Skip Main Navigation

California

California photograph
Coastal Population 25,520,252 (coastal states summary - PDF)
COASTAL Hazards 27 billion-dollar disasters from 1980-2016
Coastline Miles 3,427 (length of shoreline report - PDF)

Coastal management is about maintaining balance in coastal communities. It is a process that takes into consideration many factors, including development, the natural environment, coastal commerce, hazardous weather impacts, aesthetics, quality of life, water quality, erosion, and more.

This page profiles the coastal management organizations, federal and state, operating under the Coastal Zone Management Act and facts and figures about coastal management in California.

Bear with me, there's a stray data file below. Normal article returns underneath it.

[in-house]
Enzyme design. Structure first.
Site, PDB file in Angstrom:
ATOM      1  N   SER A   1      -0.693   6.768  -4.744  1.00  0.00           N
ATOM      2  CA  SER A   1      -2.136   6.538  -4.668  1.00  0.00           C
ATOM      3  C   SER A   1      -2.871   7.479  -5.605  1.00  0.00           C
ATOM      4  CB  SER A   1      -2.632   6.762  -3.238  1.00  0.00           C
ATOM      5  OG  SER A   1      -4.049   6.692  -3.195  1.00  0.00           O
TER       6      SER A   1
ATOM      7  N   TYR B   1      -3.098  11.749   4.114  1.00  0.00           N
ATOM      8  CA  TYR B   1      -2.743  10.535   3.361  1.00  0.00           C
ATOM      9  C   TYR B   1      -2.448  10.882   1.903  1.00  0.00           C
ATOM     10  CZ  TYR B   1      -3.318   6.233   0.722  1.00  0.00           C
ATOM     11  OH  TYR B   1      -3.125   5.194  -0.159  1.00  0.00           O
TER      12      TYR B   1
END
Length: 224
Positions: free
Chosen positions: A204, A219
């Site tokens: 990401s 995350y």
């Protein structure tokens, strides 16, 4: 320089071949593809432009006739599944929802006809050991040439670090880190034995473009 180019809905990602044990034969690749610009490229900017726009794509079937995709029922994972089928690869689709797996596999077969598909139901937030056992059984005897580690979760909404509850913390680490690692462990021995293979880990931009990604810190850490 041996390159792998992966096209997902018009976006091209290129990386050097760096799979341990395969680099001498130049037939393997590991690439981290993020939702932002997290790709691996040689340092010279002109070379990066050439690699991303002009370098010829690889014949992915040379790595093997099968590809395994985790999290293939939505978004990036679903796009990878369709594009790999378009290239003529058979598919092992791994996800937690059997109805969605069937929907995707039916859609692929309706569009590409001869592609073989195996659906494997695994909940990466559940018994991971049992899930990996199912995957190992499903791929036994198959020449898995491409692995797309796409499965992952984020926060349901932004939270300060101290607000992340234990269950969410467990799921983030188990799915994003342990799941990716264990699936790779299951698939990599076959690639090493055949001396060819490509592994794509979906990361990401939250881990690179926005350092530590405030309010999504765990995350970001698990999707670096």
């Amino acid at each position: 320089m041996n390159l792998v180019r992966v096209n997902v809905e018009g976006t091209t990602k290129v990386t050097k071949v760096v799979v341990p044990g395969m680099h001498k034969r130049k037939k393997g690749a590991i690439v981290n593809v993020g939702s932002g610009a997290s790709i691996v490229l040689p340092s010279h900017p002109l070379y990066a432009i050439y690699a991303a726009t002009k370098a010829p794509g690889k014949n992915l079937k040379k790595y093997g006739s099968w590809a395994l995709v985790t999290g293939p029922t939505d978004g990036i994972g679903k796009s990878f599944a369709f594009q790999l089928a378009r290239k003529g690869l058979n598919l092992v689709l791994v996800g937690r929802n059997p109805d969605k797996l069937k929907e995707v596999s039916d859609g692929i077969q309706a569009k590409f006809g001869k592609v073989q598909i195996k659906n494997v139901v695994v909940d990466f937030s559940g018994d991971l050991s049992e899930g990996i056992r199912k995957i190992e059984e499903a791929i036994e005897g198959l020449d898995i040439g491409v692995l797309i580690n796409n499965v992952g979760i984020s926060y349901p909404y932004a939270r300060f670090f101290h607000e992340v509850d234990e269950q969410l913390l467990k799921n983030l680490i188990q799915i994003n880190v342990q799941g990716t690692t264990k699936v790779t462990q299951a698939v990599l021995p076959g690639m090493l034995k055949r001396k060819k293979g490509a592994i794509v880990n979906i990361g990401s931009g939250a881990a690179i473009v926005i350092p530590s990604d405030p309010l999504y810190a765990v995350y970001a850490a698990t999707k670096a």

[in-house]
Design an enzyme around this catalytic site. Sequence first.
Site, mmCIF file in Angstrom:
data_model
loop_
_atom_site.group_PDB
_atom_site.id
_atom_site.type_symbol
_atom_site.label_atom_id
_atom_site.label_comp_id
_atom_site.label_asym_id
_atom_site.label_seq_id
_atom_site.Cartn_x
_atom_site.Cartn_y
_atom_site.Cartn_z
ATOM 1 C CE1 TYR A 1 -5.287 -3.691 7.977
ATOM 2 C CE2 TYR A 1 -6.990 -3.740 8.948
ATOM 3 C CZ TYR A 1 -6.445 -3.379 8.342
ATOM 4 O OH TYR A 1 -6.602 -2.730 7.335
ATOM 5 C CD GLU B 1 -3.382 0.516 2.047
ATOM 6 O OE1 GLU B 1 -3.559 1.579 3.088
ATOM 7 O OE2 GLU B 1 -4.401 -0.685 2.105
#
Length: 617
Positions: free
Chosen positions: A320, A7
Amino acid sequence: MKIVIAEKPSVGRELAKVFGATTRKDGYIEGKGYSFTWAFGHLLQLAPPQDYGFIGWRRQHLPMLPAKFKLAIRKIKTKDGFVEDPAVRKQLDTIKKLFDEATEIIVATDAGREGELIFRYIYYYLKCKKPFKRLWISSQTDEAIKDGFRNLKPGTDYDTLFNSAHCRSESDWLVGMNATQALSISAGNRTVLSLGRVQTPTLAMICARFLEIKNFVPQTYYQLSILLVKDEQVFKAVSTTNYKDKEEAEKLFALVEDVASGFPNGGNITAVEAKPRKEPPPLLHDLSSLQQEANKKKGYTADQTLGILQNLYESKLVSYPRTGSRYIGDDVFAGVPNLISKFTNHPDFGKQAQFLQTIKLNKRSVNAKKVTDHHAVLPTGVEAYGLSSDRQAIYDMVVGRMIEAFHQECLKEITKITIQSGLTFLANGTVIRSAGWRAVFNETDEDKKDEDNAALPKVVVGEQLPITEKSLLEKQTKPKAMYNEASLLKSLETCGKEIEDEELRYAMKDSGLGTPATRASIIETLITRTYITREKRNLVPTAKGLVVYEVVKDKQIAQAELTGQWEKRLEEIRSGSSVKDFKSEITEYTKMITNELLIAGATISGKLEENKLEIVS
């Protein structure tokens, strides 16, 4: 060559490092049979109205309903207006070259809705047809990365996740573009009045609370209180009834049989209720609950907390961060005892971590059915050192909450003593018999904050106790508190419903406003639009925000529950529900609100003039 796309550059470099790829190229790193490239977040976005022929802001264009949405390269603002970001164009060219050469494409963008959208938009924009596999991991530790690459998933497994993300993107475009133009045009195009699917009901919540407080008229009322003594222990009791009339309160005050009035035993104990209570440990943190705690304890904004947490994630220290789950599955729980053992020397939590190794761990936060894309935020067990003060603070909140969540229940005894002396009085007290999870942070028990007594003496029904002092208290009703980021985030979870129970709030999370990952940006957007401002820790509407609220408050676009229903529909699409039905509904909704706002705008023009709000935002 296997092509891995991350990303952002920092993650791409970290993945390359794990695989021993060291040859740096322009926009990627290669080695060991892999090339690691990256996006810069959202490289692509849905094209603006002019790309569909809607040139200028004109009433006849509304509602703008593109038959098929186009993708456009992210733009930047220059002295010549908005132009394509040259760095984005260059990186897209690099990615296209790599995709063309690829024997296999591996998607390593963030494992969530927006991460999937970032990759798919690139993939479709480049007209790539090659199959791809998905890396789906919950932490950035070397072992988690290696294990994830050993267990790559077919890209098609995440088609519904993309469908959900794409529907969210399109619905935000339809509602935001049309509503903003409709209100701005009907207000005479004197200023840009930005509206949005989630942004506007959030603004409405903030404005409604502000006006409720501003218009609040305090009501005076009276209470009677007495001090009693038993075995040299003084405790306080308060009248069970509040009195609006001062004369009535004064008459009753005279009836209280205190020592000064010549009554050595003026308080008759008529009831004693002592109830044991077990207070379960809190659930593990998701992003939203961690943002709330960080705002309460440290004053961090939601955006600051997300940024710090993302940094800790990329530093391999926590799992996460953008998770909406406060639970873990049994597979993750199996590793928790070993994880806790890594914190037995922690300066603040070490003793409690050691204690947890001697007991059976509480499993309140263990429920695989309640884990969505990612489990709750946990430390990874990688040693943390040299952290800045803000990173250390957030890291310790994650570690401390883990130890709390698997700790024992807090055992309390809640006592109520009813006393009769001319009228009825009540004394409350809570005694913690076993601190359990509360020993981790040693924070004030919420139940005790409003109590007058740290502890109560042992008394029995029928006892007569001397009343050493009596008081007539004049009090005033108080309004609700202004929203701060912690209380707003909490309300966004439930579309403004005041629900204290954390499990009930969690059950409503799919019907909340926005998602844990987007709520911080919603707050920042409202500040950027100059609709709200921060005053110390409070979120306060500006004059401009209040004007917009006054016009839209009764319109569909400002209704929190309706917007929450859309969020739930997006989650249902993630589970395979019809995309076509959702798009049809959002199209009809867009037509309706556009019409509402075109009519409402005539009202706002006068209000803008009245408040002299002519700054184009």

Funding: California Coastal Management Program and the National Estuarine Research Reserves

Fast Facts

Flood Risk Populations thumbnail image

Flood Risk Populations

Five percent, or 36,541 people, live in the floodplain in San Mateo County, California.

Visit Coastal County Snapshots to learn more about flood risk in coastal counties.

Changing Lands thumbnail image

Changing Lands

California developed 410 square miles of coastal lands from 1996-2010. That’s an area almost the size of Los Angeles.

Use NOAA's coastal Land Cover Atlas and regional reports to see change along California's coast.

Ocean Economics thumbnail image

Ocean Economics

Tourism and recreation is the largest employer among California’s ocean-dependent economic sectors.

There are six sectors that make up the oceans and Great Lakes economy. Read this report or visit NOAA’s coastal and ocean economics website to learn more.

NOAA's Digital Coast provides data, tools, training, and information resources for California’s coastal management community. See how Digital Coast is being used in this state.

Short Stories: Making a Difference in California

Read All California Articles